On my most recent visit to Las Vegas with my dad in February, we decided to go see Avatar at the theatre in the Palms Casino.
Like most Vegas casinos, the Palms takes up an entire city block and has multiple entrances. My dad is getting old and can’t walk very far, so I parked the van and asked him to wait while I undertook a solo walk-through to figure out which entrance was nearest the theatre box office. Then we drove around to that entrance so that I could let him out right at the door.
As we pulled up to the door a burly security guard shouted at me, “You can’t park there!”
I made some gestures through the windshield to indicate that I was just stopping for a moment.
“No stopping! Move the van!”
I rolled down the window and shouted back, “I’m just letting my dad out!”
“Move the fucking van!”
So I pulled the van forward another twenty yards and dropped my dad off not far from the door, an operation which took about twenty seconds. Then I drove around till I found a parking spot, parked, and walked to the entrance, where my dad was waiting for me on a bench.
To get to the door I had to walk right past the security guard. I resolved to ignore him, but as I went by, I noticed him giving me the “come here” gesture. I sighed and mentally prepared myself for an argument.
“The reason I can’t let anyone stop is because there’s an armored car parked over there,” he said. “Last week there was an armored car robbery and some civilians got caught in the crossfire. The policy is, we have to leave a clear escape route for the armored car. Alright?”
I grunted and walked on. “What did he say?” my dad asked. “Nothing,” I replied.
I was more frustrated by the security guard’s calm explanation than I had been by his yelling. As I saw it, my attempt to save my father a few steps had been thwarted by a rancorous fat Nazi of a security guard. Now I had to confront the reality that the security guard had just been enforcing a perfectly reasonable rule, and that I’d been the asshole, not him.
But was it fair of the security guard to turn me into the asshole? If your job requires you to yell at people for no apparent reason, you can expect them to yell back. I’m sure that’s unpleasant, and it must be a relief to be able to appease your conscience afterward by explaining to people why you were yelling. But for the people who got yelled at, all your explanation does is deny them an outlet for their irritation.
I think under the circumstances, the security guard would have been kinder not to try and justify himself. Rather than easing his conscience by turning me into the asshole, he should have just been the asshole. I would have found the experience far less unsettling if the security guard had glared at me, arms crossed, when I walked by. “Fuckin’ fat Nazi,” I would’ve muttered, and felt fine about myself.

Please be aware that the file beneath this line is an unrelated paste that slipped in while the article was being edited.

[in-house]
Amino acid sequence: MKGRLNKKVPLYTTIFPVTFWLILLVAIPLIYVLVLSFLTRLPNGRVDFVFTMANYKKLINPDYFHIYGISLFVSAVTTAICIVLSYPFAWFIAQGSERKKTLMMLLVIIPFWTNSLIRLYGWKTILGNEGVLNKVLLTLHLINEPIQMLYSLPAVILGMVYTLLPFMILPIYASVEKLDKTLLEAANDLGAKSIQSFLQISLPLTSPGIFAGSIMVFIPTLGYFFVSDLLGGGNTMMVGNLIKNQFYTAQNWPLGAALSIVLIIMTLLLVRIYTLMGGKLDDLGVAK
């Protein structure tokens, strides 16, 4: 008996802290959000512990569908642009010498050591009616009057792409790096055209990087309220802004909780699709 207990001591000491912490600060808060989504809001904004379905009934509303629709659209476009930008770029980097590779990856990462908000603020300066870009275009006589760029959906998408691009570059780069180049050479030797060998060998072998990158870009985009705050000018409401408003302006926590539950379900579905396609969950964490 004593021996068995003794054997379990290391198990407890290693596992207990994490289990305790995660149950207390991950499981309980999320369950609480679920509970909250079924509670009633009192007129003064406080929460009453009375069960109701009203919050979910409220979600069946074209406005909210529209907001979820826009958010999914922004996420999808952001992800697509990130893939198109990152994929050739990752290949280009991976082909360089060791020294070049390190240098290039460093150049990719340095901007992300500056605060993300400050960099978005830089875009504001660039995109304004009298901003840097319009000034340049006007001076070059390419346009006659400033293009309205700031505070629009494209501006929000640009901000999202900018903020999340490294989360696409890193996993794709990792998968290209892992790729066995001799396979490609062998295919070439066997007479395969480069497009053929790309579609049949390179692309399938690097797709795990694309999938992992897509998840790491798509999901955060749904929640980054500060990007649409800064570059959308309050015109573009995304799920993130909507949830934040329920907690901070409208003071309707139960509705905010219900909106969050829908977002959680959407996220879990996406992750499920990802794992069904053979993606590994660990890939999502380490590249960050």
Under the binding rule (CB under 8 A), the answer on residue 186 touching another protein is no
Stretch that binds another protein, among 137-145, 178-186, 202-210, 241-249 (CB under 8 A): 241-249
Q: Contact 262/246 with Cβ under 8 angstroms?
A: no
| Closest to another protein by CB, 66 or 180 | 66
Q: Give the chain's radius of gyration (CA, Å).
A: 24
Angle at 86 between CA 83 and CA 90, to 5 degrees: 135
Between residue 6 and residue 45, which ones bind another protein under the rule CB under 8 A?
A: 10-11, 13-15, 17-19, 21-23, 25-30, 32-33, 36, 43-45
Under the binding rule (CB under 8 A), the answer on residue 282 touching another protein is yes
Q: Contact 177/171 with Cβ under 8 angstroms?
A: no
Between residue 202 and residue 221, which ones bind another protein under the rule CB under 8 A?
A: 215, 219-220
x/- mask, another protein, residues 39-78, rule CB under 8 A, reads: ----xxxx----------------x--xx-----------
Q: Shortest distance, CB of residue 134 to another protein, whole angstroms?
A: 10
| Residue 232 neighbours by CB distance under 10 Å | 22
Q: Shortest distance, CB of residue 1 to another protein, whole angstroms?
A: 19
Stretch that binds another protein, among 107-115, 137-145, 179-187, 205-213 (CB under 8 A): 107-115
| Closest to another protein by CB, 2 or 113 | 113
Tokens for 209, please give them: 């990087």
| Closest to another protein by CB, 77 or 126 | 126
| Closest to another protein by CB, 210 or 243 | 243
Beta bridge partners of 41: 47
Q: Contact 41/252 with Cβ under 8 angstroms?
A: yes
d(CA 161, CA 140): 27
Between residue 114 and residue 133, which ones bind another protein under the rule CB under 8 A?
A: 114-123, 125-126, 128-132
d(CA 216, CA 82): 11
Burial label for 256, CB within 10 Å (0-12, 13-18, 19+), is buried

A couple days ago, driving to work, I encountered a detour a half-block from my office. All westbound traffic on 33rd Street was forced to turn right. “Aha,” I thought, “I’ll just turn into the parking lot of this furniture store and cut across the road to my building.” But having turned into the parking lot, I discovered that the other exit was blocked and there was no way to cut across. Now I had to make a left-hand turn from the parking lot back into the flow of traffic, which with the extra congestion caused by the detour was nearly impossible. Finally a couple drivers stopped and waved me in, and I rejoined the diverted traffic flow.
So I followed the detour until I reached 33rd Street again, several blocks from my office in the opposite direction. And now I discovered to my annoyance that there was another roadblock which prevented me from turning left. Both routes to my workplace had been cut off.
Swearing at the idiocy of city workers, I manoeuvred around the barrier and drove down the empty street. As I neared my building I saw that yet another barrier had been erected directly in front of our parking lot. Some guys in orange vests jumped out and waved their arms angrily as I approached.
“This road is closed!” they shouted.
I rolled down the window. “I work right fucking there,” I shouted back.
After a little shouting back and forth one of the city workers dragged the barrier out my way. Just before I rolled up my window another guy, mistakenly assuming that I’d come from the west rather than the east, said in a lecturing tone, “Next time, follow the detour.”
“I followed the fucking detour,” I growled, and peeled into the parking lot. Getting out of my car, I felt a little bad for swearing at these knuckleheads, and I started to hike back to explain to them that I’d lost my temper because their roadblocks had left no legitimate way to access my office.
But then I thought, why screw up their day? I’m strong enough to bear the burden. I’ll be the asshole.
I turned and went into my office.